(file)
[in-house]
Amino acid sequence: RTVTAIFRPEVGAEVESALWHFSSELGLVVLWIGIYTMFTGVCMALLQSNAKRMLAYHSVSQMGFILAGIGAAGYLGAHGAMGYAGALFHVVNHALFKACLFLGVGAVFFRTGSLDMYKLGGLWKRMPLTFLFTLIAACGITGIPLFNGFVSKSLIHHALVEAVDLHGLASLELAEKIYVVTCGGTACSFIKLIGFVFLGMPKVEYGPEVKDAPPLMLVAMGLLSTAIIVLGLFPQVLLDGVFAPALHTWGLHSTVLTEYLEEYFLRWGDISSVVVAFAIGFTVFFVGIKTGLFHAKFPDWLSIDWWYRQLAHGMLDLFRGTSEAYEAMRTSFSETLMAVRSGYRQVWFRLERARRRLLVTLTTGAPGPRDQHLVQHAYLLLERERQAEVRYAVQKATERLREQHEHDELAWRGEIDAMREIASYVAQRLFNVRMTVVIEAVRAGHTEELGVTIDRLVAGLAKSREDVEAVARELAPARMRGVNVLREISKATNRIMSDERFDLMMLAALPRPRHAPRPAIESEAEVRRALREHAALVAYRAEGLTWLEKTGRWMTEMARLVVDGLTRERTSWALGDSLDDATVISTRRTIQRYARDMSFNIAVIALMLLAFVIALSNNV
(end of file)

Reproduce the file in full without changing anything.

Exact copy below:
[in-house]
Amino acid sequence: RTVTAIFRPEVGAEVESALWHFSSELGLVVLWIGIYTMFTGVCMALLQSNAKRMLAYHSVSQMGFILAGIGAAGYLGAHGAMGYAGALFHVVNHALFKACLFLGVGAVFFRTGSLDMYKLGGLWKRMPLTFLFTLIAACGITGIPLFNGFVSKSLIHHALVEAVDLHGLASLELAEKIYVVTCGGTACSFIKLIGFVFLGMPKVEYGPEVKDAPPLMLVAMGLLSTAIIVLGLFPQVLLDGVFAPALHTWGLHSTVLTEYLEEYFLRWGDISSVVVAFAIGFTVFFVGIKTGLFHAKFPDWLSIDWWYRQLAHGMLDLFRGTSEAYEAMRTSFSETLMAVRSGYRQVWFRLERARRRLLVTLTTGAPGPRDQHLVQHAYLLLERERQAEVRYAVQKATERLREQHEHDELAWRGEIDAMREIASYVAQRLFNVRMTVVIEAVRAGHTEELGVTIDRLVAGLAKSREDVEAVARELAPARMRGVNVLREISKATNRIMSDERFDLMMLAALPRPRHAPRPAIESEAEVRRALREHAALVAYRAEGLTWLEKTGRWMTEMARLVVDGLTRERTSWALGDSLDDATVISTRRTIQRYARDMSFNIAVIALMLLAFVIALSNNV